The Penguins’ key players are also moving toward the twilight of their careers, but any team that can send Malkin, Crosby, Guentzel and Letang out on a given night is going to be dangerous. They aren’t as deep at forward as the Caps, but have a Cup-winning goalie. Like the Caps they will have questions on the blue line, but figure to be able to stay in the hunt until they sure things up on the back end. Pittsburgh isn’t done yet.

If you look at most NHL previews you’ll find that a the majority folks leaning toward the Caps to win the Metro, with the Penguins receiving a few nods and even fewer mentioning the Hurricanes.

The Devils also get some mentions as division-title contenders and certainly have fast-tracked their path back to respectability with the additions of P.K. Subban and Wayne Simmonds and by being able to draft players like Jack Hughes and Nico Hischier the past few years. Throw Taylor Hall into the mix along with new acquisition Nikita Gusev,Kyle Palmieri and Travis Zajac and you have an interesting mix of youth and experience that might challenge for the playoffs.

Oddly, the Islanders don’t get too many mentions from the pundits after coming within a point of the division winners last season and having one of the league’s most respected coaches behind the bench in Barry Trotz. It’s not a flashy lineup or an offensive juggernaut, but that’s right up Trotz’s alley. Letting Vezina finalist Robin Lehner walk seemed to be an odd move. Up-and-down Semyon Varlomov was brought in to replace him. Thomas Greiss has been very good at times, but never been leaned on too heavily. This team is solid defensively and can play a physical game up and down the lineup, but lacks some skill and scoring punch in the top six. Just the way Trotz likes it. If you think they won’t be a real playoff contender, think again.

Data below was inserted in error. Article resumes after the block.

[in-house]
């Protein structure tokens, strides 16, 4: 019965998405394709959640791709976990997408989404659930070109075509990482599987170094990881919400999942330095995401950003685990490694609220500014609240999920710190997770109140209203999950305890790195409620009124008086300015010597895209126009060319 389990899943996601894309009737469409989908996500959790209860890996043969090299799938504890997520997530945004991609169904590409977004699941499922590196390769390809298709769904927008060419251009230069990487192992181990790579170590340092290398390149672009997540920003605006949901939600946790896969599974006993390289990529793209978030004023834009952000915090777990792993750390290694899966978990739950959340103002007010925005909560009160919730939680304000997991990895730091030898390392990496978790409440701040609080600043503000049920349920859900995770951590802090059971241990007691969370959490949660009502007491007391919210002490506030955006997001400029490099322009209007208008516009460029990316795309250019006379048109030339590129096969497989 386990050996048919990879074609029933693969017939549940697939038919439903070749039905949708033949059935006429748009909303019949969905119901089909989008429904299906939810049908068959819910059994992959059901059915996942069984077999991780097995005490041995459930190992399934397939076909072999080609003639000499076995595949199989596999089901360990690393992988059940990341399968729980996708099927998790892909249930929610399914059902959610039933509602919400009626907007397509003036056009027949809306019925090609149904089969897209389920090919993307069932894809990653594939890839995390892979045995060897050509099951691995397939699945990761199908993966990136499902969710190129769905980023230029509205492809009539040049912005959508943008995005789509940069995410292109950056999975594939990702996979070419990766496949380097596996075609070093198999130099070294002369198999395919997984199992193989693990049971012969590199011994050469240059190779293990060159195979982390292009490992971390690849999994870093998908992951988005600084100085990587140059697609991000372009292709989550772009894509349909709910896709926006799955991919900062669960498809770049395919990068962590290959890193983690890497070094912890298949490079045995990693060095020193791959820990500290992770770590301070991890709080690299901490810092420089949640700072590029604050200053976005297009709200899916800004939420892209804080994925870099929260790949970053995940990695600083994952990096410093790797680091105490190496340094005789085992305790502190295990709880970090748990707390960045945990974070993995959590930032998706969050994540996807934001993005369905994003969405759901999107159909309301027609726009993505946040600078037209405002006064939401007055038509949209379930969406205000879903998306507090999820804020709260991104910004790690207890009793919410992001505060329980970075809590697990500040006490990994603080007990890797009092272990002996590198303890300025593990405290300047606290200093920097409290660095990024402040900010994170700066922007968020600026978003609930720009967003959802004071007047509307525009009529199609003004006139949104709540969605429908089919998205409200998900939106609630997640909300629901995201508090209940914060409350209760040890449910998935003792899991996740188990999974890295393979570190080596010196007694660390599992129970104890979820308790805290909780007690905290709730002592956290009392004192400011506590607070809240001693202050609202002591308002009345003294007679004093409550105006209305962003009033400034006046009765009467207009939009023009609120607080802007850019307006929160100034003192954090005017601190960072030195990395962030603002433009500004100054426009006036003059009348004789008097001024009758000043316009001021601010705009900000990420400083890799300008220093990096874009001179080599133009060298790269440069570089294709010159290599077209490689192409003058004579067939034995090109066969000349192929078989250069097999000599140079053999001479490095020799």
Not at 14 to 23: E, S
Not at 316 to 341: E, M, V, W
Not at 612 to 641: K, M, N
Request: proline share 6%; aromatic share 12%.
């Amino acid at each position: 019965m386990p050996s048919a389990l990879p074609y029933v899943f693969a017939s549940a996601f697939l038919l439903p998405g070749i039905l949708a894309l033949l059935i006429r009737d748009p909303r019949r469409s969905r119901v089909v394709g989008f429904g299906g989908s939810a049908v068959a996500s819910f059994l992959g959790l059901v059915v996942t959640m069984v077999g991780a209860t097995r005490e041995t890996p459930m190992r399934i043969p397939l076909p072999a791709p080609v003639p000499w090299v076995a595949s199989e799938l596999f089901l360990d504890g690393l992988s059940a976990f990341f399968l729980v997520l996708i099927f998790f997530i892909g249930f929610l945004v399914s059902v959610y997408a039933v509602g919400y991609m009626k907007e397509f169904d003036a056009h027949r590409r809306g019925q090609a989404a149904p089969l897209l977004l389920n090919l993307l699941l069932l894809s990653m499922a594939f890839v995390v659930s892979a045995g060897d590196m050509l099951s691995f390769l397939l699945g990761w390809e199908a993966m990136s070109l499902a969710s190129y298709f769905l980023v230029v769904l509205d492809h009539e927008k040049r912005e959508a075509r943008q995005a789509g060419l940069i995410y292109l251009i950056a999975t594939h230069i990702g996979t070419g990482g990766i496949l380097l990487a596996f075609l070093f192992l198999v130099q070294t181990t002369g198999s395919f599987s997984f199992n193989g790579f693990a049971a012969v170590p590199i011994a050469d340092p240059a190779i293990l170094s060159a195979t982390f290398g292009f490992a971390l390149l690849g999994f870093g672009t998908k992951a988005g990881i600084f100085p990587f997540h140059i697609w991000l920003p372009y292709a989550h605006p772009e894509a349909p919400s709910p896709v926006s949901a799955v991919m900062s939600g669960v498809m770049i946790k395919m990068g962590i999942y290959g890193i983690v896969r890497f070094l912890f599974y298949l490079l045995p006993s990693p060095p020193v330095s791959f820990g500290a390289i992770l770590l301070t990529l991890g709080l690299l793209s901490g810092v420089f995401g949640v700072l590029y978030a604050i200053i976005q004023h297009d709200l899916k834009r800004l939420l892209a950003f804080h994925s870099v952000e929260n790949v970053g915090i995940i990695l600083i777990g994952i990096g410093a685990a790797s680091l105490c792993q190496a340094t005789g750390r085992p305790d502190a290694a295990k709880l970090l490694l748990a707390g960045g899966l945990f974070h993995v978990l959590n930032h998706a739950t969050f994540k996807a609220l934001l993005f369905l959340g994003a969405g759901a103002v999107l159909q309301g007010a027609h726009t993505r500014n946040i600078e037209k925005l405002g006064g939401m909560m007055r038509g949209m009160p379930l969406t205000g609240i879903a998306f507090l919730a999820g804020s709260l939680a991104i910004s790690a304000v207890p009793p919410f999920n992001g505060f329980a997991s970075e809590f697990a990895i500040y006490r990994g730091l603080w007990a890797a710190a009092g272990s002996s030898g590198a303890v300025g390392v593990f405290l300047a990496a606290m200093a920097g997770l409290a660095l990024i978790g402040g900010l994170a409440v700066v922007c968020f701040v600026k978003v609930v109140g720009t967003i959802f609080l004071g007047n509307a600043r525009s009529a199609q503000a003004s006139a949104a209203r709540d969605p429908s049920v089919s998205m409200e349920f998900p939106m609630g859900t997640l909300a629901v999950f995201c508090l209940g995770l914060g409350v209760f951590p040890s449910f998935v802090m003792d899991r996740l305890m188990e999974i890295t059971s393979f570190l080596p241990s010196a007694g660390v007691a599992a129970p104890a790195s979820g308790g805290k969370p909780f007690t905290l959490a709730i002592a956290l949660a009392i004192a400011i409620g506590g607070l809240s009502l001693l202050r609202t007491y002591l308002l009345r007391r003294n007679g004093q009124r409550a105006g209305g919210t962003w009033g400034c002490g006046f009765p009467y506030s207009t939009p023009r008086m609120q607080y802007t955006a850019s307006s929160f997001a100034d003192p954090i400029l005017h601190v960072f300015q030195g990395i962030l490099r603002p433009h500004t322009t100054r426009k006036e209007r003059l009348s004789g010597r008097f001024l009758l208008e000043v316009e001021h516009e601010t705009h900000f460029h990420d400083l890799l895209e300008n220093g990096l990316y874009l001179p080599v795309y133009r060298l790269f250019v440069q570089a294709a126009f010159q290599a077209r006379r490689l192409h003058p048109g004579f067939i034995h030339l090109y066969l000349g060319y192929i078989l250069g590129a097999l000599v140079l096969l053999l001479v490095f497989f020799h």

The Hurricanes were the league’s darlings last year – or jerks, depending on who you asked – knocking off the defending Stanley Cup champs in the first round. They have a solid young core and some great young players on defense. This team is much stronger defensively than most people think, which will keep them in the hunt. They will miss Justin Williams and Justin Faulk.